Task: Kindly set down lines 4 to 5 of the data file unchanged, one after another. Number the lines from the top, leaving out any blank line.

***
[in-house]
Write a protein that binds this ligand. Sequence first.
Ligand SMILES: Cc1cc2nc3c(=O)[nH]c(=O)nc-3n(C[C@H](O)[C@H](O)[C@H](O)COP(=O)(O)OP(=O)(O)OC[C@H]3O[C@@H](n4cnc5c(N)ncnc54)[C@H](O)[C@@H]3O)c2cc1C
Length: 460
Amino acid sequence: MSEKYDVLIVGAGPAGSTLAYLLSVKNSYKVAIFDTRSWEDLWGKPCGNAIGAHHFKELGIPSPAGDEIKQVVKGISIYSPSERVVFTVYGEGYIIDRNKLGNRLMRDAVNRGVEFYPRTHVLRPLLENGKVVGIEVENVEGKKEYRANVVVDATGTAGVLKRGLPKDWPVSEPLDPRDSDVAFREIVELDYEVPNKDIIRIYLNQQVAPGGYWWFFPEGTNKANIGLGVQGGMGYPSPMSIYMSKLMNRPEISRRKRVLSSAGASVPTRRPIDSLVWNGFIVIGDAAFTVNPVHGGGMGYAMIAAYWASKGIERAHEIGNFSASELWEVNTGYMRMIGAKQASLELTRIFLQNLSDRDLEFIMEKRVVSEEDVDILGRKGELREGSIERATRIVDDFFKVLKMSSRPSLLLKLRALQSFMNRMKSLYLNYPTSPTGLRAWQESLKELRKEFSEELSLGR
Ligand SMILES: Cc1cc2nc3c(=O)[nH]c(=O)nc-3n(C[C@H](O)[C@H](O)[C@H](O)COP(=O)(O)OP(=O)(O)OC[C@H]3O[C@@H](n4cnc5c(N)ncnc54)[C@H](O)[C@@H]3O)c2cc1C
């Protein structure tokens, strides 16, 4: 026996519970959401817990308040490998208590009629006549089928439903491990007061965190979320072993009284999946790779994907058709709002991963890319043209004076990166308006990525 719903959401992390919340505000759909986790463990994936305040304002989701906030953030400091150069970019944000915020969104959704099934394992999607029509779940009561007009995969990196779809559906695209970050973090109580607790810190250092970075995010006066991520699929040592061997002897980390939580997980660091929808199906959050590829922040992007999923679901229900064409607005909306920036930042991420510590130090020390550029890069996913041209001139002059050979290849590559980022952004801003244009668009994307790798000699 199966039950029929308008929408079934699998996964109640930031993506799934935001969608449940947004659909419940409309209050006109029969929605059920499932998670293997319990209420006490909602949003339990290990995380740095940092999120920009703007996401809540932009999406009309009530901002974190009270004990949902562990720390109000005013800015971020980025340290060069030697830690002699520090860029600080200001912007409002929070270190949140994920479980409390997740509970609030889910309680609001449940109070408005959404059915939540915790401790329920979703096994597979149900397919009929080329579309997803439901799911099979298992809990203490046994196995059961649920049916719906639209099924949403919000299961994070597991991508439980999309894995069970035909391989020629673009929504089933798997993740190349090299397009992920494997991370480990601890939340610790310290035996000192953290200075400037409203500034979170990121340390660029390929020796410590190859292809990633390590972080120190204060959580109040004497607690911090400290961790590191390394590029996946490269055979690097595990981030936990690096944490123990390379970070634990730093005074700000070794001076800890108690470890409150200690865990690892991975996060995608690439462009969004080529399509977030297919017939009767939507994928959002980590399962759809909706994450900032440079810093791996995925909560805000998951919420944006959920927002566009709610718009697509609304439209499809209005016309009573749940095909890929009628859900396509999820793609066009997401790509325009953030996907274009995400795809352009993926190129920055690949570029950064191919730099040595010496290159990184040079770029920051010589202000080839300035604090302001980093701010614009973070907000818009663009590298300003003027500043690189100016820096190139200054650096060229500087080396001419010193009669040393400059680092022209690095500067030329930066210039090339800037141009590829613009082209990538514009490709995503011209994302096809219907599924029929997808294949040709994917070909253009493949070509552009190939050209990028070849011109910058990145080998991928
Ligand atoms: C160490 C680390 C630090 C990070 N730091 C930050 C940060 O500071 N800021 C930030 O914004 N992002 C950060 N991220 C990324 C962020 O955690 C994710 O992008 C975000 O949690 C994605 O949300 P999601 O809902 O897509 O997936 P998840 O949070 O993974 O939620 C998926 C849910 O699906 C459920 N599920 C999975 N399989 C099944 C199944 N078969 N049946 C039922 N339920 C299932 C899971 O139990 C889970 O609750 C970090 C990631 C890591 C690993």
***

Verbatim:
Length: 460
Amino acid sequence: MSEKYDVLIVGAGPAGSTLAYLLSVKNSYKVAIFDTRSWEDLWGKPCGNAIGAHHFKELGIPSPAGDEIKQVVKGISIYSPSERVVFTVYGEGYIIDRNKLGNRLMRDAVNRGVEFYPRTHVLRPLLENGKVVGIEVENVEGKKEYRANVVVDATGTAGVLKRGLPKDWPVSEPLDPRDSDVAFREIVELDYEVPNKDIIRIYLNQQVAPGGYWWFFPEGTNKANIGLGVQGGMGYPSPMSIYMSKLMNRPEISRRKRVLSSAGASVPTRRPIDSLVWNGFIVIGDAAFTVNPVHGGGMGYAMIAAYWASKGIERAHEIGNFSASELWEVNTGYMRMIGAKQASLELTRIFLQNLSDRDLEFIMEKRVVSEEDVDILGRKGELREGSIERATRIVDDFFKVLKMSSRPSLLLKLRALQSFMNRMKSLYLNYPTSPTGLRAWQESLKELRKEFSEELSLGR